So the holiday season is upon us and many people are trying to figure out how to celebrate Christmas and Hanukkah without breaking the bank. (See my follow-up post with discount codes here). Here are a few ideas:
Donations: I know some people think this sucks but I think it’s a great idea. I find a charity that matches something the person likes. For example, one year I had a vegan crunchy boss and a boss who was very involved in local literacy efforts. I made a small ($10-20) donation in their names to an animal rescue organization and a local school literacy program, respectively, and printed the receipts on card stock. The amount wasn’t shown so for all they knew it could have been way more. I went to World Market and bought some neat but relatively inexpensive wine, punched a hole in the corner of the card stock and tied it with a ribbon to the bottle’s neck. CNN has some excellent tips for charitable holiday giving. You could also get a bag of gourmet pasta and sauce and attach this $7 utensil holder (sits on the side of the pot) from Sur La Table. A lot of the nicer household goods stores have inexpensive but seriously functional items to throw in a gift basket. Container Store is a good one for fun, inexpensive desk items, too. What about a bunch of travel-size items or travel-size containers for the colleague who travels a lot? Or find a magazine a whole group loves and agree to subscribe to an office copy for the lunchroom. Or everyone brings in a used book to start an office library. We used an old closet with shelves to do ours at once place I worked.
One donation idea: make a donation in their name to CARE to help empower women worldwide. Right now they have a matching gift program going on.
In the past year, CARE’s work reached 65 million people in 71 countries. Thanks to donors like you, poor families got the resources they needed to send their children to school, combat the spread of HIV/AIDS, learn new business skills and build a better life for themselves. CARE also delivered emergency aid to survivors of war and natural disasters, and helped people rebuild their lives.
If you have talented family members, how about swapping lessons in something? The guitar player could offer guitar lessons, the masseuse massages, the CPA basic budgeting, the knitter could teach others her craft. Hold Christmas reunions AFTER Christmas to take advantage of post-holiday discounts. Another great idea is to make cute photo ornaments. I have done this twice. Once I went to Oriental Trading, got some cute and seriously cheap ornament picture frames and put my son’s picture in and gave those. The other time I picked up some super-cheap ornament picture frames and put an anniversary picture of my recently deceased grandparents in and gave one to each of my cousins. It was a hit. You could also do a photo collage of the family or hand out something baked with a $1 or $5 lottery scratchoff attached. My grandparents’ favorite gift one year was a memory jar. We all wrote our favorite memories of them and stuck them in a large jar for them to pull out whenever they wanted to remember. You could also do a family recipe book where you ask every family member to bring their favorite family recipe and then you compile them in a book or printout to send to all. Here’s a cute idea for your kids to make for grandparents or other family members using old CDs. Another twist on the Memory Jar idea is word cloud art. Create a personalized word cloud at Wordle.net using all sorts of words to describe them. Wordle lets you customize layout and then you can print it in color and stick it in an inexpensive frame.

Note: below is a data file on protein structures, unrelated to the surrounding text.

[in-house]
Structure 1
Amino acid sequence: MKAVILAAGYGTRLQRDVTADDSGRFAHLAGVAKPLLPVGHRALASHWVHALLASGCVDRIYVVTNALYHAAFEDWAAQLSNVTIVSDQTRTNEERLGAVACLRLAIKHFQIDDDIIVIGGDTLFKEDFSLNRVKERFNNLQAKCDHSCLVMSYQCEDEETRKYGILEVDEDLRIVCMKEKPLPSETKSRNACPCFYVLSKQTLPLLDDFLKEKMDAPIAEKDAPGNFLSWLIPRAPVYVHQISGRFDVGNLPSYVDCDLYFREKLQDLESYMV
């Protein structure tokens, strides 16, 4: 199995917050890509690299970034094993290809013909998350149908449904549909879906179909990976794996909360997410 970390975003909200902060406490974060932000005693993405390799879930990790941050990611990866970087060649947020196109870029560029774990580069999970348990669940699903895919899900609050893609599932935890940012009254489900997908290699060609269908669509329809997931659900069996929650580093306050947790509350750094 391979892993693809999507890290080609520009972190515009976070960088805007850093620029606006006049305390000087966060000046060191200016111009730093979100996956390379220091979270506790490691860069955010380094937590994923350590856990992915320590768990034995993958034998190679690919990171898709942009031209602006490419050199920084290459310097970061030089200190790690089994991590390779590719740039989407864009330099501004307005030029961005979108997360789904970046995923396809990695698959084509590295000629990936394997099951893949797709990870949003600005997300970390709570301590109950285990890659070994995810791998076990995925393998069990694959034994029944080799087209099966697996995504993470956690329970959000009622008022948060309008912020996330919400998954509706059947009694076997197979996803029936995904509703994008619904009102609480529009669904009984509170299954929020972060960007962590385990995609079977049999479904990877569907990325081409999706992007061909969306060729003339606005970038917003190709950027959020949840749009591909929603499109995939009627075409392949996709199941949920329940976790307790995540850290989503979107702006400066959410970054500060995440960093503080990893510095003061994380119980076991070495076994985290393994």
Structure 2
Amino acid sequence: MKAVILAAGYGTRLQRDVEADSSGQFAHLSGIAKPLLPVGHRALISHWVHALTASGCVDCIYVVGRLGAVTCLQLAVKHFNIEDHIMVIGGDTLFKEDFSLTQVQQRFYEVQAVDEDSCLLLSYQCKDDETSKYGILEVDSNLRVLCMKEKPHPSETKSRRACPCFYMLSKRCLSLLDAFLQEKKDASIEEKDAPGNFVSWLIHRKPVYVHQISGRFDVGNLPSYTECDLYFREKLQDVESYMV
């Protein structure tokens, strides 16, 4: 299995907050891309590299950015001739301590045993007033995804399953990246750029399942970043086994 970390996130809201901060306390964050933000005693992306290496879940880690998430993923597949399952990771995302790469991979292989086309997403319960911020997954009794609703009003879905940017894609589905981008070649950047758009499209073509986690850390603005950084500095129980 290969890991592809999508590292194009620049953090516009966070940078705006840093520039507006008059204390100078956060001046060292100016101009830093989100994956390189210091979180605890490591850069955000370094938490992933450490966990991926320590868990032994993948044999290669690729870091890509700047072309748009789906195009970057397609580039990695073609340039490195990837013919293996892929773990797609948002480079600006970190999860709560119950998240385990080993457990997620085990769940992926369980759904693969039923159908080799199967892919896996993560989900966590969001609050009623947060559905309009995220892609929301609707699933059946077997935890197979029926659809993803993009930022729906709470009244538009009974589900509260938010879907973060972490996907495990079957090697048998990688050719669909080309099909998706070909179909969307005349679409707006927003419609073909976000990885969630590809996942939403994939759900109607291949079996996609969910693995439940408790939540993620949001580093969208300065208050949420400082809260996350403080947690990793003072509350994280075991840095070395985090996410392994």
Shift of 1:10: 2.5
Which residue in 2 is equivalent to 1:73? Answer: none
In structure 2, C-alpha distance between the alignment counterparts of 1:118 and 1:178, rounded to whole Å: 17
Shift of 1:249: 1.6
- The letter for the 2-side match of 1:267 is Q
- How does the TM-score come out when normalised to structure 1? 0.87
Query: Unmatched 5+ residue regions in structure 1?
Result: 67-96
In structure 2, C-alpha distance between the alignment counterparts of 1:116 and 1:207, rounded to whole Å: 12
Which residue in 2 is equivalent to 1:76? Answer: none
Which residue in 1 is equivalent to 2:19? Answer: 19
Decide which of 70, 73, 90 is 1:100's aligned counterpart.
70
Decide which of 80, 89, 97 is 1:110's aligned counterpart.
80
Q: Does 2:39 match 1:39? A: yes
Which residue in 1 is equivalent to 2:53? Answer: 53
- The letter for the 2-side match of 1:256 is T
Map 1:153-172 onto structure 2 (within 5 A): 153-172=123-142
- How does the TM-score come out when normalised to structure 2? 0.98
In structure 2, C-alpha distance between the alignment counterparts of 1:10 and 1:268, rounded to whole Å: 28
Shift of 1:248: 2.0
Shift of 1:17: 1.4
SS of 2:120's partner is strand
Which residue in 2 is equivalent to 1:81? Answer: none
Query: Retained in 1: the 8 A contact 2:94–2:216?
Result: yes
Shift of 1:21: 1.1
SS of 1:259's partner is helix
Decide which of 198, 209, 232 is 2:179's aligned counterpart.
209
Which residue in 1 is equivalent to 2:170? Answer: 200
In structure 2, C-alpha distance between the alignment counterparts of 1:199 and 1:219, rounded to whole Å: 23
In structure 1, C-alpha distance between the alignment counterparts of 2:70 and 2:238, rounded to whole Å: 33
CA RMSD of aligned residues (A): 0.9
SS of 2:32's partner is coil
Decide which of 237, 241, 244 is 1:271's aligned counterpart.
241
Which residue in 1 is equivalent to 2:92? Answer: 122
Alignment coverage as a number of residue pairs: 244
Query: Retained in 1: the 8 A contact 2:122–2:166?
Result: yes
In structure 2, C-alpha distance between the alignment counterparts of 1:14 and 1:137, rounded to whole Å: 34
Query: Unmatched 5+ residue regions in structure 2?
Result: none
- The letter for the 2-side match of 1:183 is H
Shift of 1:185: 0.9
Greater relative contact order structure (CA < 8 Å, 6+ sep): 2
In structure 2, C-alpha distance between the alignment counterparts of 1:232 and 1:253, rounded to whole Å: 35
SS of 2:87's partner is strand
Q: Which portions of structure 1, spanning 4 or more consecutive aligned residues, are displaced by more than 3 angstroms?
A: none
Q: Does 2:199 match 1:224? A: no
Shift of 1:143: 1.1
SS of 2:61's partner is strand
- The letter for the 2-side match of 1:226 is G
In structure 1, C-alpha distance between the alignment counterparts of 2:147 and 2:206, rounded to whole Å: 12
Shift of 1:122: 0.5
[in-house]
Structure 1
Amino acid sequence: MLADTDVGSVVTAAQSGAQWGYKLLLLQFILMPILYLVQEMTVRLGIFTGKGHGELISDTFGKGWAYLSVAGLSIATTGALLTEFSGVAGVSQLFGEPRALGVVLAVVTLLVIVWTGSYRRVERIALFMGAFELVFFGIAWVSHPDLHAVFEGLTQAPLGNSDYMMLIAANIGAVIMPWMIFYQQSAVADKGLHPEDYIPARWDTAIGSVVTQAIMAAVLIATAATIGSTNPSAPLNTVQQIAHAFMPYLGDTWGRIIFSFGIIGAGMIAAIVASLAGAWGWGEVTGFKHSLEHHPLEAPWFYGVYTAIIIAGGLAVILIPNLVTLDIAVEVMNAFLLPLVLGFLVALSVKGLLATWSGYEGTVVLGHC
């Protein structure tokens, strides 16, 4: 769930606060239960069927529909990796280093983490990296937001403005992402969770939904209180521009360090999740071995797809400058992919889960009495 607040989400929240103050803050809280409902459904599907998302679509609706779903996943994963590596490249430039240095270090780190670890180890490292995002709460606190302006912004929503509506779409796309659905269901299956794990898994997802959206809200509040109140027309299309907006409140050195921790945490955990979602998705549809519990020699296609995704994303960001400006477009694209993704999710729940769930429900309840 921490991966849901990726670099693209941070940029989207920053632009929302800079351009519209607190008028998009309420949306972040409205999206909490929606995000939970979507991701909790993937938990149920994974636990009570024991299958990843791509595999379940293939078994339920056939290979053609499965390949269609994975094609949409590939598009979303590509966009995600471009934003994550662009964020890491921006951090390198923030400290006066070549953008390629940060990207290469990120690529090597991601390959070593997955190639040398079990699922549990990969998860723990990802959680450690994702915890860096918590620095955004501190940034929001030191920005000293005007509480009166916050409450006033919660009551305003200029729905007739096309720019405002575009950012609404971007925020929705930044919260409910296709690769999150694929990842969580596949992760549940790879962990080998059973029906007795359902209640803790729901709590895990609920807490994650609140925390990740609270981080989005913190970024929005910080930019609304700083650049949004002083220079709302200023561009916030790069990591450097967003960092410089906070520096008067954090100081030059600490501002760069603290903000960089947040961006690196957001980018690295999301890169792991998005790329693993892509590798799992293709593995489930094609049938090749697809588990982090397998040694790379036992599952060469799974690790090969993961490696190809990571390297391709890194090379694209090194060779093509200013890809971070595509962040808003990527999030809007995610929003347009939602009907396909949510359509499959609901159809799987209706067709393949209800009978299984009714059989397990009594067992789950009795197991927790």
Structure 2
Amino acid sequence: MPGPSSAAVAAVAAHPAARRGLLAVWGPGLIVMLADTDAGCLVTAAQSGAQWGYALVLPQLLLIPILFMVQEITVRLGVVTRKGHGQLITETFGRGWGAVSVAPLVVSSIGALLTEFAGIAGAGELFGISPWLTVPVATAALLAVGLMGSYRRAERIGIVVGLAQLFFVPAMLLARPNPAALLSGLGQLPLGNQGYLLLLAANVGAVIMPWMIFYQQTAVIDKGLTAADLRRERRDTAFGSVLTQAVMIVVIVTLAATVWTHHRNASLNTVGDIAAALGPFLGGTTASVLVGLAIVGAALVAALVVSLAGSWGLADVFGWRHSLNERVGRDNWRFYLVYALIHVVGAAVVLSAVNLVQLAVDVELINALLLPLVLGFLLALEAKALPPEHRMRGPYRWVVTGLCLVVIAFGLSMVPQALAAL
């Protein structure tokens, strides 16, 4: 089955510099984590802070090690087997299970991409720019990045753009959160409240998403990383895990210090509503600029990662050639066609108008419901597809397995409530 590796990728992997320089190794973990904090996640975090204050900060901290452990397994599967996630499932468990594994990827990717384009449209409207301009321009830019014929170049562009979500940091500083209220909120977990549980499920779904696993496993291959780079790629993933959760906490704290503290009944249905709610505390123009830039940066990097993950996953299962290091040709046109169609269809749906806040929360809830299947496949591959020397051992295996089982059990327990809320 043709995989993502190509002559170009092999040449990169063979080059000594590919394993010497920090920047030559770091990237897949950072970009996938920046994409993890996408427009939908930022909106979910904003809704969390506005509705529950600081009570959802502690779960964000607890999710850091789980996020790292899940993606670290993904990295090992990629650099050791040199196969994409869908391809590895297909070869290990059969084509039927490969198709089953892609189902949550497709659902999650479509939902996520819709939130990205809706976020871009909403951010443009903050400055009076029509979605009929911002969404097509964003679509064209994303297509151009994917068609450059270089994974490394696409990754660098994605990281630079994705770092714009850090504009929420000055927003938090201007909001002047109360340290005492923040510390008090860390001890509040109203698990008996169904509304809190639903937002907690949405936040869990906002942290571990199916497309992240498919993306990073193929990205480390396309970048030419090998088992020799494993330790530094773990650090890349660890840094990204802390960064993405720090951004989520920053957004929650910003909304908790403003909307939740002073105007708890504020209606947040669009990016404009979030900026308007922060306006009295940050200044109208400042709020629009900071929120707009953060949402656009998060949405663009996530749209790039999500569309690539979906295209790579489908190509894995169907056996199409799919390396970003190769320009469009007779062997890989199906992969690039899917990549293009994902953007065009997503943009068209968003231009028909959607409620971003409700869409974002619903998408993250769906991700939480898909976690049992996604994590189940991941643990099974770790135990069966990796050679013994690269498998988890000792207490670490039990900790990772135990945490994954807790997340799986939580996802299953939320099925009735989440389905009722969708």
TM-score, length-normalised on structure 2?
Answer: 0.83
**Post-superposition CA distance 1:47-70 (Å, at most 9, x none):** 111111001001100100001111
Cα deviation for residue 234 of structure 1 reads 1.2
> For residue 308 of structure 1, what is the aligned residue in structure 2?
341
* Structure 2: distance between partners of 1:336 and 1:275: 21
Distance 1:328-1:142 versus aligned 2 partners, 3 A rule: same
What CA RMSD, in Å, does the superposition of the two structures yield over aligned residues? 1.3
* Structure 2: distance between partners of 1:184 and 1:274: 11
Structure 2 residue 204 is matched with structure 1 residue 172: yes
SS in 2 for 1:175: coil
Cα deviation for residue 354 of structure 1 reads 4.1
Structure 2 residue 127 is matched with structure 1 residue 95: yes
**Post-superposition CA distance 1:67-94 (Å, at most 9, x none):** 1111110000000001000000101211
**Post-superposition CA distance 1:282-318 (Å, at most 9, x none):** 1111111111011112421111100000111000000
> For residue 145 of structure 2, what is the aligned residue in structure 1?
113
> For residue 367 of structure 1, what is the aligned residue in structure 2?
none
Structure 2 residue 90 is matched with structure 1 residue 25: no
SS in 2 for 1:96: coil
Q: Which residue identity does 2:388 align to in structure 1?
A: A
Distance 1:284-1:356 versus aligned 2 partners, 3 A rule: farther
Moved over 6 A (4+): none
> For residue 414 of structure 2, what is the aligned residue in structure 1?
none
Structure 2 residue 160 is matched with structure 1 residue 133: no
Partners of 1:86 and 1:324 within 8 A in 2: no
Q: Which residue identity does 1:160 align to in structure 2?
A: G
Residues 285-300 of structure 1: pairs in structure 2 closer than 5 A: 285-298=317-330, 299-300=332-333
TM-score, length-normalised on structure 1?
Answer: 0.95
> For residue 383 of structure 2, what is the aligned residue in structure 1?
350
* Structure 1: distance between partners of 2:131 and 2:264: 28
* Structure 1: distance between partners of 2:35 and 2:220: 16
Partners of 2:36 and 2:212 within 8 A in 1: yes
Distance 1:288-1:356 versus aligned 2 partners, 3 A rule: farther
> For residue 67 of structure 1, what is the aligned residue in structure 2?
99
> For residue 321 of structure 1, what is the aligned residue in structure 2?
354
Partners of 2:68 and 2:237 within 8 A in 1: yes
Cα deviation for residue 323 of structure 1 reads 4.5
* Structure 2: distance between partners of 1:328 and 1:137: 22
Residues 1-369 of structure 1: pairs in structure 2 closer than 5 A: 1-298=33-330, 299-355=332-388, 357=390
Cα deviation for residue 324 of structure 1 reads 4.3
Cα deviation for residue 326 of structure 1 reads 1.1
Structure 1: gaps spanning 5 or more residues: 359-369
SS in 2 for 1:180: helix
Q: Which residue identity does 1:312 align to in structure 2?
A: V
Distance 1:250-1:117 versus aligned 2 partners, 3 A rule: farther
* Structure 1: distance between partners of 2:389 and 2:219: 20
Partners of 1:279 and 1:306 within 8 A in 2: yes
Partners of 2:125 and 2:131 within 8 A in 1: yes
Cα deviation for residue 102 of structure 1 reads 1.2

Oriental Trading again. One year I got a dozen really cute gauze stocking ornaments for like $6. They were the perfect size for a few pieces of really nice chocolate, a candy cane and, of course, a gift card to iTunes, Target, or somewhere else they liked. You can also get a few small brown gift bags and have your kid use stamps or markers to decorate them and then do the same thing.
Homemade clay, bottles of bubbles, or a collage of fun family photos for the wall in their room. Homemade coupons for things like 1/2 hour bike riding with Dad or one game of Monopoly. What about getting a puzzle for you all to do on Christmas Day? Or get discount Christmas movies and spend the day having a movie marathon on the couch (you can even borrow DVDs from the library or get used copies at your local used bookstore)?
Your Best Friend:
Send her a Babeland gift certificate because, really, every girl should have a Sasi or a Gigi (now on sale for $50 less than I paid!) or, if your best friend is a man, apparently the Fleshlight is pretty cool. Or homemade coupons for a night out on the town, a manicure (performed by you, of course), a back rub, a night of babysitting his/her kid(s) or a weekend of petsitting. Blockbuster gift certificates and gourmet popcorn. A single mom t-shirt!
If you’re looking to spice things up, how about the “Movie” Starter Kit or even the Sexy Getaway Kit from Babeland. Great way to sample a few things without spending a ton. Coupons for massages, movie nights, chores, etc., are also awesome — just be willing to actually perform the task when they’re handed over! Homemade picture albums or memory-type items are always great keepsakes, especially if you write a little about each picture. My friend finds an activity her very busy husband likes and tells him to go do that every two weeks on a Saturday or a weeknight, guilt free. He likes that gift. Then there’s always O’My products to make downtown adventures (for either of you) even more exciting. Or the Liberator Wedge to help save his back and yours.